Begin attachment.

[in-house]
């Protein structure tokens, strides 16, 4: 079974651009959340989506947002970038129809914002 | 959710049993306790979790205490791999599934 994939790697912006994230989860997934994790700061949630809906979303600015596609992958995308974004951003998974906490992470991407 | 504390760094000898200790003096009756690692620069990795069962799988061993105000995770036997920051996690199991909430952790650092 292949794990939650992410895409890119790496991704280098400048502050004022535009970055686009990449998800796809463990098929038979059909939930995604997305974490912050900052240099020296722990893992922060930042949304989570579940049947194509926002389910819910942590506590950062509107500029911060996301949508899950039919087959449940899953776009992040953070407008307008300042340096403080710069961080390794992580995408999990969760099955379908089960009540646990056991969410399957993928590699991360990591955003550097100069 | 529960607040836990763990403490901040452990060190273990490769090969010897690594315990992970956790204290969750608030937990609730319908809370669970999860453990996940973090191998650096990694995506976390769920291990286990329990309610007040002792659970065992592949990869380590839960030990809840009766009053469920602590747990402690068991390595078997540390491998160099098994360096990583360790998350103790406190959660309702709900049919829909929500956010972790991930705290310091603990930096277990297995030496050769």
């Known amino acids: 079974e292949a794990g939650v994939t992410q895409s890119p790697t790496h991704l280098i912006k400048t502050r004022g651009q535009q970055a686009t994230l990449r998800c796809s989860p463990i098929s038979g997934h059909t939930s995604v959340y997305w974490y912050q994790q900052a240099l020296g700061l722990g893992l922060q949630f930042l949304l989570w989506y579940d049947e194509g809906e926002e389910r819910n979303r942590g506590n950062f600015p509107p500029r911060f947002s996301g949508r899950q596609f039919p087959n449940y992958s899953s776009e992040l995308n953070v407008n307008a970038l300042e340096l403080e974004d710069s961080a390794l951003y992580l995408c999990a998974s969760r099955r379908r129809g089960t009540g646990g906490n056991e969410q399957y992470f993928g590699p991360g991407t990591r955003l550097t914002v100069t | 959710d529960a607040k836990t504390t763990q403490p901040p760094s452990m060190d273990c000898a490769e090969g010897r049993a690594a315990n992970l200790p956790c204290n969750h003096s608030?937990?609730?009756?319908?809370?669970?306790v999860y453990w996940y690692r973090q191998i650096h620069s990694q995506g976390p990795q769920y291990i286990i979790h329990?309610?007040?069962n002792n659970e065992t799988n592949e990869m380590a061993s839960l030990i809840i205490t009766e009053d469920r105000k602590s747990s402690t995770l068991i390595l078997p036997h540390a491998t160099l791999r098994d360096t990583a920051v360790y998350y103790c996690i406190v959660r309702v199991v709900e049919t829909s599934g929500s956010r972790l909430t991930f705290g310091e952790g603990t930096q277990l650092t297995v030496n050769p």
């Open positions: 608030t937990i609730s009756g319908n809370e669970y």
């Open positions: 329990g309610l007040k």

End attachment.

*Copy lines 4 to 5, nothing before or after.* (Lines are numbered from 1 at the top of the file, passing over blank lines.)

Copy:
């Open positions: 608030t937990i609730s009756g319908n809370e669970y």
């Open positions: 329990g309610l007040k």